I have been threatening, for a while now, to start writing a blog but for the life of me I couldn't begin to know where to start so I decided to just throw myself into it and start with one of my favourite topics: Gaelic football.
My own experiences with the game have moved on now from playing to coaching and I have found that my love for the game has not deminished but in fact increased to a level more than I could have conceived just a few short years ago.Coaching I have found is a lot more than just turning up once or twice a week, roaring at a few young lads, getting them to run through a few basic short drills and finishing up with a quick, small sided game. This was in fact the way I did start in first year with my local club Multyfarnham here in Westmeath. But I suppose I was just looking after the Under Tens and the basics was all those young lads needed. Coaching I have found is about developing players to get their technique right firstly, then getting them thinking tactically and finally, by association with the coach, strategic use of players strengths
In my second year I helped out with the Minors and Under Sixteens alongside another couple of mentors( to use the current terminology). The younger lads weren't too bad but I didn't think they had much of a chance at the time, the older lads did show some potential but were a lazy bunch who needed an awful lot more work. The first couple of games we went out with no game plan or tactics and concurrently our training sessions had not been based on playing a certain style. Suffice to say we got hammered in every game, badly. Surprisingly enough though the young lads went on - after losing their first game - to put a bit of run together winning three games on the trot.
We then decided to change the way we coached the lads; concentrating on hard tackling, tight marking, quick passing and basically the long ball this coupled with the fact that in the height of summer we were able to go out and train three nights a week. After about five or six weeks of this the boys were tackling tough, running hard and fit as fiddles. But also they were getting plenty of ball work in training. We didn't know for sure if they had progressed enough but by the time the minor championshiop came around we managed to win our first game at minor level for nearly four years! We then went on to win another game, received the points from a walkover and ended up in the semi final. We didn't win but we gave it a hell of a go. It was all down to the way we had concentrated more on what we were doing in training, we wanted a style of football to play so we tailored our sessions to develop that style.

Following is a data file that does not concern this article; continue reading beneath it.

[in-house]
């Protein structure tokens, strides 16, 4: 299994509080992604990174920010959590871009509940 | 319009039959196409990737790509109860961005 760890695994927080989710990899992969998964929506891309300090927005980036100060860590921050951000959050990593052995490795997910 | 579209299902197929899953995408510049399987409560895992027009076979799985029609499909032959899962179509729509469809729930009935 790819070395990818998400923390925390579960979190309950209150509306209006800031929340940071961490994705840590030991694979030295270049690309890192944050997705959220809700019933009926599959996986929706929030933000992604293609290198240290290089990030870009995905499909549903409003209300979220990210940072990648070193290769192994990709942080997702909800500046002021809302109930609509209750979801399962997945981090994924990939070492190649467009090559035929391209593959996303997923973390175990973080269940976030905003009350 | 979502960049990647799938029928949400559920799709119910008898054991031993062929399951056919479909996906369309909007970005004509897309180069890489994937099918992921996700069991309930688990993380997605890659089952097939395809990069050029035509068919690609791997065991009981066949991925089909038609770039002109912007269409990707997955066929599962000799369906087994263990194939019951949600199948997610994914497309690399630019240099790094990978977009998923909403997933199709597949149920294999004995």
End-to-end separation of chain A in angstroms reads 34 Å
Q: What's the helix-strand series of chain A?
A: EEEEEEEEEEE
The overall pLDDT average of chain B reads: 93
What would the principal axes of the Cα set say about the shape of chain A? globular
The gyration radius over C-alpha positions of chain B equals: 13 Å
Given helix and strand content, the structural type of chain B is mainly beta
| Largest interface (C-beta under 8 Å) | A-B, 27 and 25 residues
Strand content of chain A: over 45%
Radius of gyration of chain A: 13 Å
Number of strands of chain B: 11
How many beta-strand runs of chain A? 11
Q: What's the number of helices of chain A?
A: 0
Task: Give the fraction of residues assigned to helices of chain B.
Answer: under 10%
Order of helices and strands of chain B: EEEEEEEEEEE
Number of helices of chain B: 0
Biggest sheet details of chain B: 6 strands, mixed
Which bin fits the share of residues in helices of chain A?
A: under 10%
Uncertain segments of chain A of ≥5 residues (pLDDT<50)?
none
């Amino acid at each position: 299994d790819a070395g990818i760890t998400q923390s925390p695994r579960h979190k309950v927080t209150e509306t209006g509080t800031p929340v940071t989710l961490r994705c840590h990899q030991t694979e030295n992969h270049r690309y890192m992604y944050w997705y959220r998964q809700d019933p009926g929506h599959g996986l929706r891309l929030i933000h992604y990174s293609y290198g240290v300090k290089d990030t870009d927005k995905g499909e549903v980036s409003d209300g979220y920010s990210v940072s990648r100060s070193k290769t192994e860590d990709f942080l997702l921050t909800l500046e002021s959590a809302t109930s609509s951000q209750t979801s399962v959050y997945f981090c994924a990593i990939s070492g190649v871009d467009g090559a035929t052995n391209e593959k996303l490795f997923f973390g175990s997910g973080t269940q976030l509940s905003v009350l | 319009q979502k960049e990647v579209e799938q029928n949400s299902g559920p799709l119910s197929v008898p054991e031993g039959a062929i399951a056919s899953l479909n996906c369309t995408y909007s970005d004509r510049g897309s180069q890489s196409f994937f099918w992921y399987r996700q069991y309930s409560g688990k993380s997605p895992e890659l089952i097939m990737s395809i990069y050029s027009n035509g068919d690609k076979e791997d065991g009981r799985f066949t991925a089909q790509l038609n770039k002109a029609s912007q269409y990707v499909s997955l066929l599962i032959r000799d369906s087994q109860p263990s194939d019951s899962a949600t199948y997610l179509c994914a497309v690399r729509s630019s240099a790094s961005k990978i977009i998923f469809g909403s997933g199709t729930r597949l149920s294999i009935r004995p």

Coaching lads to play football is a lot more than people think, a lot of work has to go into it and I suppose it helps to have a lot of passsion for it as well. I suppose what I am trying to say is that there is a lot more to it than what meets the eye and that you have to admire the top coaches, no matter what the sport, for their achievements and their all round brilliance because from my own experience it's not easy and bloody hard work!